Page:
Disclosure: Yes, based on a previous foreign law enforcement investigation.

Monitor: Yes.

Individuals Charged: No.

fcpa enforcementComverse Technology (April 7)

Charges: None – although the non-prosecution agreement refers to a “knowing violation of the books and records provisions of the FCPA.”

Resolution Vehicle: non-prosecution agreement – term two years.

Guidelines Range: Not set forth in the NPA.

Penalty: $1.2 million.

Disclosure: Yes, voluntary disclosure.

Monitor: No.

Individuals Charged: No.

Johnson & Johnson (April 8)

Charges: FCPA anti-bribery violations and conspiracy to violate the FCPA’s anti-bribery and books and record provisions.

Resolution Vehicle: Criminal information resolved through a deferred prosecution agreement (three year term).

Guidelines Range: $28.5 million to $57 million.

Penalty: $21.4 million (25% below the minimum amount suggested by the guidelines).

Disclosure: Yes, voluntary disclosure (however Iraq Oil for Food conduct was not voluntarily disclosed).

Monitor: No.

Individuals Charged: None by U.S. authorities (Robert Dougall (a former DePuy executive) previously plead guilty to a U.K. SFO enforcement action – see here).

Tenaris (May 17)

Charges: None, although the non-prosecution agreement refers to “knowing violations of the FCPA’s anti-bribery and books and records provisions.”

Resolution Vehicle: NPA – term two years.

Guidelines Range: Not set forth in the NPA.

Penalty: $3.5 million.

Disclosure: Yes, voluntary disclosure.

Monitor: No.

Individuals Charged: No.

Cinergy Telecommunications (July 12)

Charges:  conspiracy to violate the FCPA and to commit wire fraud; FCPA anti-bribery violations; conspiracy to commit money laundering; and money laundering.

Resolution Vehicle:  N/A

Guidelines Range:  N/A

Disclosure:  No.

Monitor:  N/A

Individuals Charged:  Yes.

Armor Holdings (July 13)

Charges:  None

Resolution Vehicle:  Non-Prosecution Agreement – term two years.

Guidelines Range: Not set forth in the NPA.

Penalty: $10.3 million

Disclosure: Yes, voluntary disclosure.

Monitor: No (although Armor Holdings is now part of BAE and falls under the monitorship in the BAE FCPA-related enforcement action).

Individuals Charged: Yes.

Bridgestone (Sept. 15)

Charges: Conspiracy to violate the FCPA’s anti-bribery provisions (and conspiracy to violate the Sherman Act).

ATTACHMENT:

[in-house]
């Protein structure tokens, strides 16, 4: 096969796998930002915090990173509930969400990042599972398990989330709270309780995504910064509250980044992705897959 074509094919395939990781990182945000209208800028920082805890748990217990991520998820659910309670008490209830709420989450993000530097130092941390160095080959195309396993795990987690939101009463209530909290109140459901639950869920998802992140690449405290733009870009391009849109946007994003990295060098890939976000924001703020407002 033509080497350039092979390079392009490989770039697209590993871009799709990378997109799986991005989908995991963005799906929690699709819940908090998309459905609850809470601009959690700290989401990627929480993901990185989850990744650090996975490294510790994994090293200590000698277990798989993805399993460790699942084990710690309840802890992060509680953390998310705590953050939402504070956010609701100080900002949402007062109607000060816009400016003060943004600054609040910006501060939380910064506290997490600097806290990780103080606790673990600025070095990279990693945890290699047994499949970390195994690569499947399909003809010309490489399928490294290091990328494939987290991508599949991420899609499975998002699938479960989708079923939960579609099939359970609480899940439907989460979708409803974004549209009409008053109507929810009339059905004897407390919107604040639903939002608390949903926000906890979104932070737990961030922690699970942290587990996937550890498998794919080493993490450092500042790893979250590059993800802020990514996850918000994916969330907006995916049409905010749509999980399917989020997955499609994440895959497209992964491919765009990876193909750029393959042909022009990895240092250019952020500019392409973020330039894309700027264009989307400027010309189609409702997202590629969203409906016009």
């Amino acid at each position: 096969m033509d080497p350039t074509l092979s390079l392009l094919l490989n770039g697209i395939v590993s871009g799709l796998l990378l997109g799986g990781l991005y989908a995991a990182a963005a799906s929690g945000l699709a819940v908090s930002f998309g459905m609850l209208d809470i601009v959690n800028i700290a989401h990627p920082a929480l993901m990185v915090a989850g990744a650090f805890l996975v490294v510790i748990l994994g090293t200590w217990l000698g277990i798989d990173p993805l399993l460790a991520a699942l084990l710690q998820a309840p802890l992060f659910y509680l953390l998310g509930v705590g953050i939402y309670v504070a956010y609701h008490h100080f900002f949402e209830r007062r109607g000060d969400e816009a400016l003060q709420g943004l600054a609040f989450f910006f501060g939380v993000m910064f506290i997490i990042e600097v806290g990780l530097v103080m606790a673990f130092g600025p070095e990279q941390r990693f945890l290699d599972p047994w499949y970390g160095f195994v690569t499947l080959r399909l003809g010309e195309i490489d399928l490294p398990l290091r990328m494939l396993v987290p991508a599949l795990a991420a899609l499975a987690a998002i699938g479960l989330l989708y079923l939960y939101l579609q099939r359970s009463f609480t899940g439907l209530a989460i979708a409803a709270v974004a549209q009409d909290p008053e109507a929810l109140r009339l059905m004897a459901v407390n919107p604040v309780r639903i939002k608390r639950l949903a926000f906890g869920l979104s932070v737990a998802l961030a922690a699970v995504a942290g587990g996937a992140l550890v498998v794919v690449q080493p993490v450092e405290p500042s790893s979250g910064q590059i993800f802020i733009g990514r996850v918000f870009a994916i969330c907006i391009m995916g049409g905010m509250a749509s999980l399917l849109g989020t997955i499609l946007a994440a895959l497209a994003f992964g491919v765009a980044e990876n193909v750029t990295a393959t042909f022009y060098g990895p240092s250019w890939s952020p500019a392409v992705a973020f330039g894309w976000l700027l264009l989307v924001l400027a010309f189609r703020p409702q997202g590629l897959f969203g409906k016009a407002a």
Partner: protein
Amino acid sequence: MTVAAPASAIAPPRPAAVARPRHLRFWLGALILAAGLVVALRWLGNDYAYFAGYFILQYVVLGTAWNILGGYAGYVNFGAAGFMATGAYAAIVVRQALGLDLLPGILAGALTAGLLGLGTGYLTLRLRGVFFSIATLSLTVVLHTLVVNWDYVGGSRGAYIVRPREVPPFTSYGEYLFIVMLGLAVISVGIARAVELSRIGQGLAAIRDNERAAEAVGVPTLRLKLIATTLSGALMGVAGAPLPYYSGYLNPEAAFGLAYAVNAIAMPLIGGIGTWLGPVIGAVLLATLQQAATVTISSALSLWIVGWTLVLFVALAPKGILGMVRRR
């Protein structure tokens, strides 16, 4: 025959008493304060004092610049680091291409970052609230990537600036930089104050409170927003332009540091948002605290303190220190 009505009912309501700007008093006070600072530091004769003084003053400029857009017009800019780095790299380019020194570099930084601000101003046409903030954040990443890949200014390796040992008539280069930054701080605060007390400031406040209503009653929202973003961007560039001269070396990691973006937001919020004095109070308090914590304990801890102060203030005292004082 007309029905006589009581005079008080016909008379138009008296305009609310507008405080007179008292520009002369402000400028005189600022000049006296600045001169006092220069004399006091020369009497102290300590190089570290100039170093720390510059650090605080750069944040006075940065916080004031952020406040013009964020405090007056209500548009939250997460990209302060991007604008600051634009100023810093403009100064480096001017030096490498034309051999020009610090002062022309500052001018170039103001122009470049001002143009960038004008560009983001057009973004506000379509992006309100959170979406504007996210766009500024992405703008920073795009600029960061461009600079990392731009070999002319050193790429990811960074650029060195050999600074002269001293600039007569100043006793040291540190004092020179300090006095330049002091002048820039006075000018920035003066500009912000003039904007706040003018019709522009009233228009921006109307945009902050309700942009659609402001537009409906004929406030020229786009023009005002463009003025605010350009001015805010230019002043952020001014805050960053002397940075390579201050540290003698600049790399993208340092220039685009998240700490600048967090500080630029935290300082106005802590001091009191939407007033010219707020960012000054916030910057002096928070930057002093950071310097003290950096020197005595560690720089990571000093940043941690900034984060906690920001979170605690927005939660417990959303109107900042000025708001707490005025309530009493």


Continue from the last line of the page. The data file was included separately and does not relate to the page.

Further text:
Resolution Vehicle:  Criminal information resolved via a plea agreement.

Guidelines Range:  For the FCPA conduct, the guidelines range (see here) was approximately $40 million – $80 million.

Penalty: $28 million (it would appear that approximately 80% of this figure – approximately $22 million was based on the FCPA conduct)

Disclosure: Yes, voluntary disclosure.

Monitor: No.

Individuals Charged:  Yes.

Aon Corp. (Dec. 20)

See here for the prior post.

Charges: N/A although the NPA refers to Aon’s knowing violation of the anti-bribery, books and records, and internal controls provisions.

Resolution Vehicle:  NPA – term two years.

Guidelines Range:  Not set forth in the NPA.

Penalty: $1.8 million.

Disclosure: Aon’s SEC filings stated that  ”following inquiries from regulators, the Company commenced an internal review of its corporate compliance with certain U.S. and non-U.S. anti-corruption laws, including the U.S. Foreign Corrupt Practices Act.”

Monitor: No.

Individuals Charged:  No.

Magyar Telekom / Deutsche Telekom (Dec. 29)

Charges:  Magyar Telekom – FCPA anti-bribery and books and records charges; Deutsche Telekom – N/A

Resolution Vehicle:  Magyar Telekom – DPA – term two years; Deutsche Telekom – NPA - term two years.

Guidelines Range:  Magyar Telekom – $72.5 million – $145 million; Deutsche Telekom – not set forth in the NPA.

Penalty:  Magyar Telekom – $59.6 million (18% below the minimum Guidelines range); Deutsche Telekom – $4.4 million

Disclosure:  Yes, voluntary disclosure.

Monitor:  No.

Individuals Charged:  No.

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mike-koehlerAbout the Author

Mike Koehler is an assistant professor of business law at Butler University and is an expert FCPA columnist for Corporate Compliance Insights. He is a leading expert on FCPA and other anti-corruption laws and initiatives. Professor Koehler has testified before Congress on FCPA, and he is also frequently speaks about such topics before business and academic audiences.

One Comment

  1. June 16, 2012

    What is the disposition of the 150 open FCPA investigations reported at mid-year 2011? Thanks!